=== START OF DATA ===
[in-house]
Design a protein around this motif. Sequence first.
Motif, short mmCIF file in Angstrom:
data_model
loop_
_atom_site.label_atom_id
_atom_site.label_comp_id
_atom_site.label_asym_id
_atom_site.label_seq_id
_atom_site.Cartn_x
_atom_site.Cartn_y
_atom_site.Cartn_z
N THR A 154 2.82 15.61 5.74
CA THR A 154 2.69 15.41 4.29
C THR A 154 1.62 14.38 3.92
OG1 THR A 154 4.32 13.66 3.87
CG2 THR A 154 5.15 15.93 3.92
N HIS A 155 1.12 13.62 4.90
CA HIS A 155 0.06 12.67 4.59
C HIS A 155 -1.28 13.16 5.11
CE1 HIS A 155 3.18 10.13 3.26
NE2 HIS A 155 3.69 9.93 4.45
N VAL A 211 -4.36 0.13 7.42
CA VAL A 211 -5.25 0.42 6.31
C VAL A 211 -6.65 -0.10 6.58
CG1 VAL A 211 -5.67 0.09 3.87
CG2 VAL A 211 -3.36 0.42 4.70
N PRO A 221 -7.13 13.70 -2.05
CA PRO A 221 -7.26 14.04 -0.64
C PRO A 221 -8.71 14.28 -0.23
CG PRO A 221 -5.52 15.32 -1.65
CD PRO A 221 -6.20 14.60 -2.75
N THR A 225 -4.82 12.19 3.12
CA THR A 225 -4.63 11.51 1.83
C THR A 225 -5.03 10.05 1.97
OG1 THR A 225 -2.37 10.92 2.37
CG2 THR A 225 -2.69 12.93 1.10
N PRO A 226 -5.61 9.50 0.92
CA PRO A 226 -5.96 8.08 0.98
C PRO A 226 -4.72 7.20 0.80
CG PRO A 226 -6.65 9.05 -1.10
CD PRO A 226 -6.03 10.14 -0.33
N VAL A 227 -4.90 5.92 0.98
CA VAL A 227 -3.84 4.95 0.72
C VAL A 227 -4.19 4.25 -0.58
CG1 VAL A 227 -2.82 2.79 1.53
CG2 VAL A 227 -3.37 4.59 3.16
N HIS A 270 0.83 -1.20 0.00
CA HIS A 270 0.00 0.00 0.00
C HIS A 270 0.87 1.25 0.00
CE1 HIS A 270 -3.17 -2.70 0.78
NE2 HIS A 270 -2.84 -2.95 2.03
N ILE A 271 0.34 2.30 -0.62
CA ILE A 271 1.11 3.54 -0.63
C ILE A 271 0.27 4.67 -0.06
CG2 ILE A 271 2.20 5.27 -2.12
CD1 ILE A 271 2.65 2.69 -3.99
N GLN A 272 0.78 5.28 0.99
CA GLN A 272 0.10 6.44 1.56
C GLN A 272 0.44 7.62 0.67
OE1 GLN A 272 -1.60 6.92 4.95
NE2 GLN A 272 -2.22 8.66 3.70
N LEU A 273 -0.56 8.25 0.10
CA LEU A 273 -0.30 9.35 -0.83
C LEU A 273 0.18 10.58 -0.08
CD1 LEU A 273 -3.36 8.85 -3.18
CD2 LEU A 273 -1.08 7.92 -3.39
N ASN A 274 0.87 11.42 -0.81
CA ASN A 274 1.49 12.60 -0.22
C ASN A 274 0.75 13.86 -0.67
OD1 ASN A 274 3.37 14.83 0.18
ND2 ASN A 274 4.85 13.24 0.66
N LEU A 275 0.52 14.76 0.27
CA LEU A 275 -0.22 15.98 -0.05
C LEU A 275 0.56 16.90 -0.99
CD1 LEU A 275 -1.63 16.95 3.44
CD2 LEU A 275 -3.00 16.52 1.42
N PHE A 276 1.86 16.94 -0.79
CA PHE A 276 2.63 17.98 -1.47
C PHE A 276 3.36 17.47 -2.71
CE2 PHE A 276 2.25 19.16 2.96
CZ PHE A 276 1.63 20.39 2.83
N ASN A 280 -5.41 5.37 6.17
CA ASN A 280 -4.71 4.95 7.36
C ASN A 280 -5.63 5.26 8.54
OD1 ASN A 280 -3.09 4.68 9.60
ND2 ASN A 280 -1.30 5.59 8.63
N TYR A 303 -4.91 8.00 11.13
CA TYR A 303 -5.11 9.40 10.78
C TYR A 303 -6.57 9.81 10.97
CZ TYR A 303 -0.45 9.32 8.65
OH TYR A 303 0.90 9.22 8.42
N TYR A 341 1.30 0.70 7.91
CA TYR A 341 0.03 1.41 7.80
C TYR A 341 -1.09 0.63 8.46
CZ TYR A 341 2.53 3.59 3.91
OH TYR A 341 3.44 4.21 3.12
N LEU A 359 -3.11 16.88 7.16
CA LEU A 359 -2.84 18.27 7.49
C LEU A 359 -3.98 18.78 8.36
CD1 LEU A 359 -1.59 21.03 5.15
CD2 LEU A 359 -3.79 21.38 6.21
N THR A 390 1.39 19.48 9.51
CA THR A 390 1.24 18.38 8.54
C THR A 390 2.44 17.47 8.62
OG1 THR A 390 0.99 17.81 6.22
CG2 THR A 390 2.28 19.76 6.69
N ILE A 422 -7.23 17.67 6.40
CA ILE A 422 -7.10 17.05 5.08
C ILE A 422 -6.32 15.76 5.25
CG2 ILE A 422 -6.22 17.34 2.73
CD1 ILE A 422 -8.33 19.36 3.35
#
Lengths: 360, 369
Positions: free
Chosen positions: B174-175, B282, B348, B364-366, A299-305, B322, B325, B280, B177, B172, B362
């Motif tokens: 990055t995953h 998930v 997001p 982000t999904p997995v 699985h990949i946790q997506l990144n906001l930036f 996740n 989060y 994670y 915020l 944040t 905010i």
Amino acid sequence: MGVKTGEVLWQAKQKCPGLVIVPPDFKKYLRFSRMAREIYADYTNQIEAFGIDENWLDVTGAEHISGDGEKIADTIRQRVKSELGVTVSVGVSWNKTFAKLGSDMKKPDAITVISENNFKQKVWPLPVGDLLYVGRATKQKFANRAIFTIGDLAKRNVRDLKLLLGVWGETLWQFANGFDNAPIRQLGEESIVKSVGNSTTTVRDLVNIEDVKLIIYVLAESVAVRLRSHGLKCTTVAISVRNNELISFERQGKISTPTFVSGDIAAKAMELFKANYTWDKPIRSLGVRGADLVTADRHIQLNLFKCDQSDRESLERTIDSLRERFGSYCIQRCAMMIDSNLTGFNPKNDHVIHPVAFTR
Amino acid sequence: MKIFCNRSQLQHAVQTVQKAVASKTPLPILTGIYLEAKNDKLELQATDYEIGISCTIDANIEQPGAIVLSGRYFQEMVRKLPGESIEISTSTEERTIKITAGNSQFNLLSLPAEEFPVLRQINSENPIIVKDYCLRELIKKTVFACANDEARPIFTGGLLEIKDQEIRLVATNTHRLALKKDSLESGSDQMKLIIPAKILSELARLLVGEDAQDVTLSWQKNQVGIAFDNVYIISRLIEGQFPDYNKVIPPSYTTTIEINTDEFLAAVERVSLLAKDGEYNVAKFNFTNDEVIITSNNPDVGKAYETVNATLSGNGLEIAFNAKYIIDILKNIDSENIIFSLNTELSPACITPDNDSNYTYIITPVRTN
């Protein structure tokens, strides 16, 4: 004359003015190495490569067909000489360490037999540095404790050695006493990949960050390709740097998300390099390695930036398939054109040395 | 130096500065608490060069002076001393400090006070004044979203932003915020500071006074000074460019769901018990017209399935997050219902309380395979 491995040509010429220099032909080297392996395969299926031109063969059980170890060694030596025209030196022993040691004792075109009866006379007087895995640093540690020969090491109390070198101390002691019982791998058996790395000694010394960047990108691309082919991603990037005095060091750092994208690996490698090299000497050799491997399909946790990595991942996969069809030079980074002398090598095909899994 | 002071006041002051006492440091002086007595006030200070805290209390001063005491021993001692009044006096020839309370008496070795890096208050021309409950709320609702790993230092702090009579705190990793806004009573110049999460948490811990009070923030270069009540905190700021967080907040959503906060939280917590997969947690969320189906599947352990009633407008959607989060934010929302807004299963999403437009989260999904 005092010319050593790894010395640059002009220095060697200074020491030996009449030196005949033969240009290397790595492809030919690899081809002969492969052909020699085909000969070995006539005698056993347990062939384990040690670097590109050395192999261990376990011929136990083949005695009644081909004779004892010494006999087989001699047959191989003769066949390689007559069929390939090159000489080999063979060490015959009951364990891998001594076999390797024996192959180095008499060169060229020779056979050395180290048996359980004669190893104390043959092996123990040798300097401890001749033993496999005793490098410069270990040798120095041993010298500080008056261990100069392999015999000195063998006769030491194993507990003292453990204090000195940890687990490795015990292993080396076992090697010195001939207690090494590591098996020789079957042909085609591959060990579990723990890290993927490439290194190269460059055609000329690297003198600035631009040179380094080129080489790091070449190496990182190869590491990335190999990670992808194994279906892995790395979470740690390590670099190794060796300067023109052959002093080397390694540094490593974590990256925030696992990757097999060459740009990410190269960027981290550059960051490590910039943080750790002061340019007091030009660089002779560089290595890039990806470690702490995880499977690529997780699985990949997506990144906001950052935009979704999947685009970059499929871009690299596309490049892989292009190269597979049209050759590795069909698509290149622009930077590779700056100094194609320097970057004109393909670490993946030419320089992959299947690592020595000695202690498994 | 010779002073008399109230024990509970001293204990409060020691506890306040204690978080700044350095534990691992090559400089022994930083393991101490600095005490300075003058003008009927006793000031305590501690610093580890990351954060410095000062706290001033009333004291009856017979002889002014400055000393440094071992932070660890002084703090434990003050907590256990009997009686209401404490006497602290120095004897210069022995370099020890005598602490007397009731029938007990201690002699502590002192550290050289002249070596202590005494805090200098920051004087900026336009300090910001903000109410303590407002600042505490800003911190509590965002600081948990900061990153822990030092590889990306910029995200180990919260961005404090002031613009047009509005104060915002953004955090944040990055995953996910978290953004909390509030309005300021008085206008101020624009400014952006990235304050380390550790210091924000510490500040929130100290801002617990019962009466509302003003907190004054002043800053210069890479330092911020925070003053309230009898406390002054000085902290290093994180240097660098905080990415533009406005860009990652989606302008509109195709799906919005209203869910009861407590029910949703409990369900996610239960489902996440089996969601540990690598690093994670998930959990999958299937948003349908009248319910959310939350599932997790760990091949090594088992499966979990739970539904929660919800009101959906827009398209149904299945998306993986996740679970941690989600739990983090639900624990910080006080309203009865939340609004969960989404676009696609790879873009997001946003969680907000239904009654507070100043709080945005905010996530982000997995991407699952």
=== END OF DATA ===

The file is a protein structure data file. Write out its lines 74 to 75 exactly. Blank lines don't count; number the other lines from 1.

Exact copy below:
CA LEU A 275 -0.22 15.98 -0.05
C LEU A 275 0.56 16.90 -0.99